The Viral Threat Doctors Don’t Learn About in Med School

In 2017, the three largest most publicized ransomware outbreaks were all reported within the healthcare industry. With ransomware still dominating the world of cybercrime, healthcare continues to be a particularly attractive target for hackers. The valuable data housed on these networks are ripe for financial gain on the dark web. The resulting breaches of protected health information (PHI)  pose large-scale lawsuits, new compliance mandates, public-facing ethical dilemmas and disruption of patient care.

According to the Healthcare Industry Cybersecurity Task Force (est. 2016 by the U.S Department of Health and Human Services), both large and small healthcare organizations struggle with numerous unsupported legacy systems that cannot easily be replaced (i.e. hardware, software and operating systems), exposing vulnerabilities for hackers to exploit and few modern countermeasures.

Further exacerbating the issue, many providers and staff often assume that the IT network and the devices they support function efficiently and that their level of cybersecurity risk is low. Poor security hygiene in healthcare, partnered with intricate and often outdated systems, lead to the success of ransomware and other cyber attacks.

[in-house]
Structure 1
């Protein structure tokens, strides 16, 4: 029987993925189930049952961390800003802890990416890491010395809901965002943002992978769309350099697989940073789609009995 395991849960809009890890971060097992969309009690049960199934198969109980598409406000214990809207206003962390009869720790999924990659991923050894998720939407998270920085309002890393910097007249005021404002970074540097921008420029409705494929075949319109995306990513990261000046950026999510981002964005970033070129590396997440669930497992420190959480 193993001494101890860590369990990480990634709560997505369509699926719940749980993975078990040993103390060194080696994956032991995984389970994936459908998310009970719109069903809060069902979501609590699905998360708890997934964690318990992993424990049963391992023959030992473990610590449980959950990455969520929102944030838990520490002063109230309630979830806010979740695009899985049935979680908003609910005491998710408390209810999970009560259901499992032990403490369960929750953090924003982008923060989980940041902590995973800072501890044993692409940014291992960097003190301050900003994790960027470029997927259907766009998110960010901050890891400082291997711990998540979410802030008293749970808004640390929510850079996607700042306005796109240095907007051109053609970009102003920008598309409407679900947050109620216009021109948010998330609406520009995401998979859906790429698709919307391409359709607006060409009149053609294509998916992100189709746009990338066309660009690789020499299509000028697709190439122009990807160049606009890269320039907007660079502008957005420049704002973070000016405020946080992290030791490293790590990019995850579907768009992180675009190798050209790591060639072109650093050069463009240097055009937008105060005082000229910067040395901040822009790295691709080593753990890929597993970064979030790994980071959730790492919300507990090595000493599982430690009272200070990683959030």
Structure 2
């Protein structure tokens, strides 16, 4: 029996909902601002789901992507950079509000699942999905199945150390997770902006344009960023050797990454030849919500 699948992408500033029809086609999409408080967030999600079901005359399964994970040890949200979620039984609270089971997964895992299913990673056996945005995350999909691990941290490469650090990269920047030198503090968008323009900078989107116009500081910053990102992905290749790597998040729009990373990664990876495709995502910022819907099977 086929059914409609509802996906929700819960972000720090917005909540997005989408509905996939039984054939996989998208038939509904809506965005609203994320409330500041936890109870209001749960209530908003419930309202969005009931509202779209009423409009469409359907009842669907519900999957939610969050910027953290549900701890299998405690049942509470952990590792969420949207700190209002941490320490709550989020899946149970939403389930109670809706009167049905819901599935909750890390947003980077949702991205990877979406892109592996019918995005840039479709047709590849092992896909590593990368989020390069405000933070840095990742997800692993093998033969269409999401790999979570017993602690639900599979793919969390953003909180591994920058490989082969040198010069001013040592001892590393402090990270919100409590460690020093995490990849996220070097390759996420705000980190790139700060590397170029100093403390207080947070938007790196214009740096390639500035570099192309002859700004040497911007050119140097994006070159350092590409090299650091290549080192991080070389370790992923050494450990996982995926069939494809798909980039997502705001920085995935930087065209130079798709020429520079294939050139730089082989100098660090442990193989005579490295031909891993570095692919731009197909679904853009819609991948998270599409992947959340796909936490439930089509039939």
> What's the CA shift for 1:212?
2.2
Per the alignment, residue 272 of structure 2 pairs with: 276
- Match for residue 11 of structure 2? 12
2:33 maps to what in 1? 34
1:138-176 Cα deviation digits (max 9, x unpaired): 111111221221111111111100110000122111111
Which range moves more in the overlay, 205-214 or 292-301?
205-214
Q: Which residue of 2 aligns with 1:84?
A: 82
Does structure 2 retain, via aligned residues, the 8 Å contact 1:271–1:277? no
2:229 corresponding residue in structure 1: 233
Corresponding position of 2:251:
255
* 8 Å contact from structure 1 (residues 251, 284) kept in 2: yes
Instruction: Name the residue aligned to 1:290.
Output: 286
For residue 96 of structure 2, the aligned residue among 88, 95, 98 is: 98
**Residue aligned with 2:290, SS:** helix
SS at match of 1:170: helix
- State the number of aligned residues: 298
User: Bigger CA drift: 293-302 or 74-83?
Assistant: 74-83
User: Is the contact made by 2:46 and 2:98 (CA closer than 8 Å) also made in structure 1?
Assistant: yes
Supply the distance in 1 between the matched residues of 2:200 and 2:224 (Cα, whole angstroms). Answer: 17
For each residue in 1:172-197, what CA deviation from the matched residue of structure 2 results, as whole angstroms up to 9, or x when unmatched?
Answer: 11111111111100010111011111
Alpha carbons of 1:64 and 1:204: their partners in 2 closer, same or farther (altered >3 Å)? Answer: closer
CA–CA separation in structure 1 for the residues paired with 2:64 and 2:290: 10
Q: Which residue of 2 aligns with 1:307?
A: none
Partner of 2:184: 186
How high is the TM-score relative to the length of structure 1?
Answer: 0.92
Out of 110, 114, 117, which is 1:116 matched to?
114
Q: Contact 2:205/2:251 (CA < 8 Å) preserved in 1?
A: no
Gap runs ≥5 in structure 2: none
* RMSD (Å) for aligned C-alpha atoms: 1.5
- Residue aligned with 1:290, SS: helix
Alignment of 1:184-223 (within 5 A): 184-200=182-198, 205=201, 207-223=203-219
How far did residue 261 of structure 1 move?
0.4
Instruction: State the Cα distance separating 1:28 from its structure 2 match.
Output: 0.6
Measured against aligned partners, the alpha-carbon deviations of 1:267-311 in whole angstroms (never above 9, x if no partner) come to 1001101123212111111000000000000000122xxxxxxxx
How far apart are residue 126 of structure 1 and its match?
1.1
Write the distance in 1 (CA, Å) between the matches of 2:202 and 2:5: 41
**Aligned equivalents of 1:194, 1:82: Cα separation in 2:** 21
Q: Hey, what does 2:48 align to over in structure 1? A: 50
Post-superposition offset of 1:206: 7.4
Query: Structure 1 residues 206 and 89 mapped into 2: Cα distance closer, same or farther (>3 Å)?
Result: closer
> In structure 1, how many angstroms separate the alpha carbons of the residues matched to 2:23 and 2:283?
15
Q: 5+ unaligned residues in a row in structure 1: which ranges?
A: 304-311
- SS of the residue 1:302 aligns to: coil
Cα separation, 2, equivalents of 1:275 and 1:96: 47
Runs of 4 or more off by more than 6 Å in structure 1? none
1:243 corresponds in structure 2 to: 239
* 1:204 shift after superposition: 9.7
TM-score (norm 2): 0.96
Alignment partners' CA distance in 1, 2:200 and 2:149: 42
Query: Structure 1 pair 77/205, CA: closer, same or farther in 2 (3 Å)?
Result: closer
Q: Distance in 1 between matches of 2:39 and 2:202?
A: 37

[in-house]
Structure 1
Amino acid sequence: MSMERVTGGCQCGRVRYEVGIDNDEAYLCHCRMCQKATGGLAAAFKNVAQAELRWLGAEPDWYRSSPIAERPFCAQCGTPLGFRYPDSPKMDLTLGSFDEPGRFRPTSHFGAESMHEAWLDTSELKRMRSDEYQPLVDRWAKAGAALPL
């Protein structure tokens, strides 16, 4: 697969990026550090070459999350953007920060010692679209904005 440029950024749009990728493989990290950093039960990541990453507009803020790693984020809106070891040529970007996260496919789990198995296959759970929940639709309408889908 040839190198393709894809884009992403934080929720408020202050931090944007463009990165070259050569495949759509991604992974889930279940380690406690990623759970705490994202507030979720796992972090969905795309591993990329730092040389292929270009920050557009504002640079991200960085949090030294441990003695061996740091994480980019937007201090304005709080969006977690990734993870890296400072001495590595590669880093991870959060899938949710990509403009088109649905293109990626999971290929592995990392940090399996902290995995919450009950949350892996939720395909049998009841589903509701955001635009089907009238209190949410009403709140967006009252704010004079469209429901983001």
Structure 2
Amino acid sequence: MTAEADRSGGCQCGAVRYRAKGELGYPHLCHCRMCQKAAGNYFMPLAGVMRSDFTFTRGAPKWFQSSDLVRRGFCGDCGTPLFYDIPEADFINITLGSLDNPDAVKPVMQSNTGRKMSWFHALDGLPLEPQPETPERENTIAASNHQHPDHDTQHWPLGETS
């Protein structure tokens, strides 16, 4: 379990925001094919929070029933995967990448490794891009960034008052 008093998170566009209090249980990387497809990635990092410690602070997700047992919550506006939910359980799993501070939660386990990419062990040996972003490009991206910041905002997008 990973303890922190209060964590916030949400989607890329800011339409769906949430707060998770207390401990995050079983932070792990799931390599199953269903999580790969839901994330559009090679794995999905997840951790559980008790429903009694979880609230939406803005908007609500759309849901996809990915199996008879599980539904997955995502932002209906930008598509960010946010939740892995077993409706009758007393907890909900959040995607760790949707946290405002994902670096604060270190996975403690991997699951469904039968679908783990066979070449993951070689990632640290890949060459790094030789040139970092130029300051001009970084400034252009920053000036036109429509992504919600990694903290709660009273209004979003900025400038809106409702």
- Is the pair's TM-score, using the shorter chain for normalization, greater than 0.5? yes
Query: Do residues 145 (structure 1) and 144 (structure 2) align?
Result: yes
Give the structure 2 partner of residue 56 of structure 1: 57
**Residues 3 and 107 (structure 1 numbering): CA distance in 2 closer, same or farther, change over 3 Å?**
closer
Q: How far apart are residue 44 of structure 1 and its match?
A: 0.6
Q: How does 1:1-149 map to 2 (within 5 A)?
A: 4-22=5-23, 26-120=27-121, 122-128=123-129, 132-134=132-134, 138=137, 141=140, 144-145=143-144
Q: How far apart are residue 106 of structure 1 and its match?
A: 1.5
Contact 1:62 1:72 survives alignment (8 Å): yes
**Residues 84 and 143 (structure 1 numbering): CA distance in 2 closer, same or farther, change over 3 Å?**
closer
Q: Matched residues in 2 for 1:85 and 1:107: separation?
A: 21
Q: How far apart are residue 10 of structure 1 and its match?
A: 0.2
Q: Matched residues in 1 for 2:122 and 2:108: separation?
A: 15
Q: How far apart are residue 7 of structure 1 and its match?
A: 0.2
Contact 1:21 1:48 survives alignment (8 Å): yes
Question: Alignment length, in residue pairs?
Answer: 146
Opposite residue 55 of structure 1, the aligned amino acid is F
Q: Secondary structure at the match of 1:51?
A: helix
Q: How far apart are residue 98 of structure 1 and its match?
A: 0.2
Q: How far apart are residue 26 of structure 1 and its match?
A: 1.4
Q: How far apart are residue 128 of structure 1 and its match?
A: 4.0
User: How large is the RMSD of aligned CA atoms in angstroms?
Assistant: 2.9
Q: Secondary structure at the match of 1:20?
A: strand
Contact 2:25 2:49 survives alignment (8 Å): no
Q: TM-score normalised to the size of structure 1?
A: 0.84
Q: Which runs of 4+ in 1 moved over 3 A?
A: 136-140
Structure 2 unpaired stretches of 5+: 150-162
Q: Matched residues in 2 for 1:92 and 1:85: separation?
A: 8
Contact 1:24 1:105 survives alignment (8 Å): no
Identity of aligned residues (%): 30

How ransomware works — This type of malware is downloaded onto systems when unwitting users visit compromised websites, click malicious links or download/click links in a phishing email. Once your network is infected, it prevents or limits users from accessing their system by locking user screens or files until ransom is paid to the hacker.

How ransomware hurts — In addition to the monetary loss, the aftermath of data collected leads to fraud, identity theft, stolen research and development, stock manipulation and worse yet, risks patient care and well-being.

An affordable and effective countermeasure to mitigate risk, protect PHI and comply with HIPAA mandates is to prioritize cybersecurity with a security awareness training program for all employees and clinicians. Once your (Read more...)

*** This is a Security Bloggers Network syndicated blog from InfoSec Resources authored by Jenna Hulbert. Read the original post at: